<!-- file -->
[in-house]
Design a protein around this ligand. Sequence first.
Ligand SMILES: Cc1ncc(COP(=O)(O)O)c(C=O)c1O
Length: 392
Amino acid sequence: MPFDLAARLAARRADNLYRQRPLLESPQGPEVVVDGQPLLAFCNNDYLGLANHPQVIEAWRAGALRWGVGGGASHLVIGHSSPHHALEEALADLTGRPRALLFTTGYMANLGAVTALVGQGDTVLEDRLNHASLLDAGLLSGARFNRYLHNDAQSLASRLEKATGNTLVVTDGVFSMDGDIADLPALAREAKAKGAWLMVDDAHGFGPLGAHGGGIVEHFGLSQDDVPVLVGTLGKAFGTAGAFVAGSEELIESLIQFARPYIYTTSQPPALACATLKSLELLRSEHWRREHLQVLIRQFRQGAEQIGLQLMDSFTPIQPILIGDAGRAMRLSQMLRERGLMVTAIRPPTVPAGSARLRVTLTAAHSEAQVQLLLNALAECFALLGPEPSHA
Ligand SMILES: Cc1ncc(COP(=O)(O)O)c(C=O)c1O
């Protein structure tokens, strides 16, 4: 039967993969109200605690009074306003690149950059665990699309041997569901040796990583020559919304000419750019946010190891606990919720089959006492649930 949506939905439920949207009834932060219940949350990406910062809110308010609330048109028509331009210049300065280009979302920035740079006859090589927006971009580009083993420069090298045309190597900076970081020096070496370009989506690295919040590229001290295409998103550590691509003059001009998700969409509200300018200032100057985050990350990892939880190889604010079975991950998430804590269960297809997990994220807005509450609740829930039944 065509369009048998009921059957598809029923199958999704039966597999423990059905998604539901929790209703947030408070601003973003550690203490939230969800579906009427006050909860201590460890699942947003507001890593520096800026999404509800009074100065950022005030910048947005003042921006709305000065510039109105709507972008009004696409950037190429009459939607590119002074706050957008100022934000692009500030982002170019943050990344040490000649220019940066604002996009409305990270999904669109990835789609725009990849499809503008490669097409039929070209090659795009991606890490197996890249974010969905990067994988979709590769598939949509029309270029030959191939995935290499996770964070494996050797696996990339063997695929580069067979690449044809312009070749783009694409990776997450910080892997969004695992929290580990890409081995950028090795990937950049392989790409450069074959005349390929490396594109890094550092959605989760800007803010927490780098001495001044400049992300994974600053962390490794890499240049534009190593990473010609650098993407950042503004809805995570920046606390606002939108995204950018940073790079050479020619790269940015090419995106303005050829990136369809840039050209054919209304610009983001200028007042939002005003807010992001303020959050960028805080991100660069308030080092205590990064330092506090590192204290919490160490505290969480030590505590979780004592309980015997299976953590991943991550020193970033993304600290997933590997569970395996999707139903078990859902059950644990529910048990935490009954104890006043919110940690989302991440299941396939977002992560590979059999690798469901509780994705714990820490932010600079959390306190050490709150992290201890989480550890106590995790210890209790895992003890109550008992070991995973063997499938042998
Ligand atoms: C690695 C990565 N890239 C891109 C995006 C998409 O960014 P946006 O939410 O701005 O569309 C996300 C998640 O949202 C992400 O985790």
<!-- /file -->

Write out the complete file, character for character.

[in-house]
Design a protein around this ligand. Sequence first.
Ligand SMILES: Cc1ncc(COP(=O)(O)O)c(C=O)c1O
Length: 392
Amino acid sequence: MPFDLAARLAARRADNLYRQRPLLESPQGPEVVVDGQPLLAFCNNDYLGLANHPQVIEAWRAGALRWGVGGGASHLVIGHSSPHHALEEALADLTGRPRALLFTTGYMANLGAVTALVGQGDTVLEDRLNHASLLDAGLLSGARFNRYLHNDAQSLASRLEKATGNTLVVTDGVFSMDGDIADLPALAREAKAKGAWLMVDDAHGFGPLGAHGGGIVEHFGLSQDDVPVLVGTLGKAFGTAGAFVAGSEELIESLIQFARPYIYTTSQPPALACATLKSLELLRSEHWRREHLQVLIRQFRQGAEQIGLQLMDSFTPIQPILIGDAGRAMRLSQMLRERGLMVTAIRPPTVPAGSARLRVTLTAAHSEAQVQLLLNALAECFALLGPEPSHA
Ligand SMILES: Cc1ncc(COP(=O)(O)O)c(C=O)c1O
């Protein structure tokens, strides 16, 4: 039967993969109200605690009074306003690149950059665990699309041997569901040796990583020559919304000419750019946010190891606990919720089959006492649930 949506939905439920949207009834932060219940949350990406910062809110308010609330048109028509331009210049300065280009979302920035740079006859090589927006971009580009083993420069090298045309190597900076970081020096070496370009989506690295919040590229001290295409998103550590691509003059001009998700969409509200300018200032100057985050990350990892939880190889604010079975991950998430804590269960297809997990994220807005509450609740829930039944 065509369009048998009921059957598809029923199958999704039966597999423990059905998604539901929790209703947030408070601003973003550690203490939230969800579906009427006050909860201590460890699942947003507001890593520096800026999404509800009074100065950022005030910048947005003042921006709305000065510039109105709507972008009004696409950037190429009459939607590119002074706050957008100022934000692009500030982002170019943050990344040490000649220019940066604002996009409305990270999904669109990835789609725009990849499809503008490669097409039929070209090659795009991606890490197996890249974010969905990067994988979709590769598939949509029309270029030959191939995935290499996770964070494996050797696996990339063997695929580069067979690449044809312009070749783009694409990776997450910080892997969004695992929290580990890409081995950028090795990937950049392989790409450069074959005349390929490396594109890094550092959605989760800007803010927490780098001495001044400049992300994974600053962390490794890499240049534009190593990473010609650098993407950042503004809805995570920046606390606002939108995204950018940073790079050479020619790269940015090419995106303005050829990136369809840039050209054919209304610009983001200028007042939002005003807010992001303020959050960028805080991100660069308030080092205590990064330092506090590192204290919490160490505290969480030590505590979780004592309980015997299976953590991943991550020193970033993304600290997933590997569970395996999707139903078990859902059950644990529910048990935490009954104890006043919110940690989302991440299941396939977002992560590979059999690798469901509780994705714990820490932010600079959390306190050490709150992290201890989480550890106590995790210890209790895992003890109550008992070991995973063997499938042998
Ligand atoms: C690695 C990565 N890239 C891109 C995006 C998409 O960014 P946006 O939410 O701005 O569309 C996300 C998640 O949202 C992400 O985790």